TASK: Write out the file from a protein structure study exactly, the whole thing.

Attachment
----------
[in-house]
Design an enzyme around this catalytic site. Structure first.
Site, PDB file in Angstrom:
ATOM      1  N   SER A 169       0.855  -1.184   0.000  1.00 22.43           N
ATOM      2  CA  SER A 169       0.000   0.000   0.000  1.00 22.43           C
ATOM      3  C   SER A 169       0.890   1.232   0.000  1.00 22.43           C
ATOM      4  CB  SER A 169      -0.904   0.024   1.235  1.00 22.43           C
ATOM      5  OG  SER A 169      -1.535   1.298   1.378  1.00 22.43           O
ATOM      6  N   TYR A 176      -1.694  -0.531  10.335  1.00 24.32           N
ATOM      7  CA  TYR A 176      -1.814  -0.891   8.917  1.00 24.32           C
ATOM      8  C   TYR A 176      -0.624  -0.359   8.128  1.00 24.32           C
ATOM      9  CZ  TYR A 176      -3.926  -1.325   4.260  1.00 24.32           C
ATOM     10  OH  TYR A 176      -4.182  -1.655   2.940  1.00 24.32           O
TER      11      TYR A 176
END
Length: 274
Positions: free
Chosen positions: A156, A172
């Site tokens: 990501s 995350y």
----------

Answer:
[in-house]
Design an enzyme around this catalytic site. Structure first.
Site, PDB file in Angstrom:
ATOM      1  N   SER A 169       0.855  -1.184   0.000  1.00 22.43           N
ATOM      2  CA  SER A 169       0.000   0.000   0.000  1.00 22.43           C
ATOM      3  C   SER A 169       0.890   1.232   0.000  1.00 22.43           C
ATOM      4  CB  SER A 169      -0.904   0.024   1.235  1.00 22.43           C
ATOM      5  OG  SER A 169      -1.535   1.298   1.378  1.00 22.43           O
ATOM      6  N   TYR A 176      -1.694  -0.531  10.335  1.00 24.32           N
ATOM      7  CA  TYR A 176      -1.814  -0.891   8.917  1.00 24.32           C
ATOM      8  C   TYR A 176      -0.624  -0.359   8.128  1.00 24.32           C
ATOM      9  CZ  TYR A 176      -3.926  -1.325   4.260  1.00 24.32           C
ATOM     10  OH  TYR A 176      -4.182  -1.655   2.940  1.00 24.32           O
TER      11      TYR A 176
END
Length: 274
Positions: free
Chosen positions: A156, A172
């Site tokens: 990501s 995350y």